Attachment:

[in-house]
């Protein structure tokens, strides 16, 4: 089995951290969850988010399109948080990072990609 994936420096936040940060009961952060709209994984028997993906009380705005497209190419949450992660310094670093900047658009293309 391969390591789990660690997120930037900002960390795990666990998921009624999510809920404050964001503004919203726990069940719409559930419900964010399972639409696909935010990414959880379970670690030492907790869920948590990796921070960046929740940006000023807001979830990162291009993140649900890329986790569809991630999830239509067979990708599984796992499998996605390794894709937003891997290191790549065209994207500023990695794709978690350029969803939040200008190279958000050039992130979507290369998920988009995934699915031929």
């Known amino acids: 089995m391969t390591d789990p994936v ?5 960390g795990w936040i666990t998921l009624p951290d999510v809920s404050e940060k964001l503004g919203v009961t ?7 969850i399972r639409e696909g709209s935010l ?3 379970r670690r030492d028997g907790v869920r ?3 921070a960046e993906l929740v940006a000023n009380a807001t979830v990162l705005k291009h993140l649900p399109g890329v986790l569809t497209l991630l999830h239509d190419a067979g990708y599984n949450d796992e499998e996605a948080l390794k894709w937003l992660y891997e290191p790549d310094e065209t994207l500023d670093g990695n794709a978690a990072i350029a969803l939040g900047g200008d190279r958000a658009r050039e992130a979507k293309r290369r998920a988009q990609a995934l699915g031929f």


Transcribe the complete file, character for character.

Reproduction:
[in-house]
């Protein structure tokens, strides 16, 4: 089995951290969850988010399109948080990072990609 994936420096936040940060009961952060709209994984028997993906009380705005497209190419949450992660310094670093900047658009293309 391969390591789990660690997120930037900002960390795990666990998921009624999510809920404050964001503004919203726990069940719409559930419900964010399972639409696909935010990414959880379970670690030492907790869920948590990796921070960046929740940006000023807001979830990162291009993140649900890329986790569809991630999830239509067979990708599984796992499998996605390794894709937003891997290191790549065209994207500023990695794709978690350029969803939040200008190279958000050039992130979507290369998920988009995934699915031929």
């Known amino acids: 089995m391969t390591d789990p994936v ?5 960390g795990w936040i666990t998921l009624p951290d999510v809920s404050e940060k964001l503004g919203v009961t ?7 969850i399972r639409e696909g709209s935010l ?3 379970r670690r030492d028997g907790v869920r ?3 921070a960046e993906l929740v940006a000023n009380a807001t979830v990162l705005k291009h993140l649900p399109g890329v986790l569809t497209l991630l999830h239509d190419a067979g990708y599984n949450d796992e499998e996605a948080l390794k894709w937003l992660y891997e290191p790549d310094e065209t994207l500023d670093g990695n794709a978690a990072i350029a969803l939040g900047g200008d190279r958000a658009r050039e992130a979507k293309r290369r998920a988009q990609a995934l699915g031929f």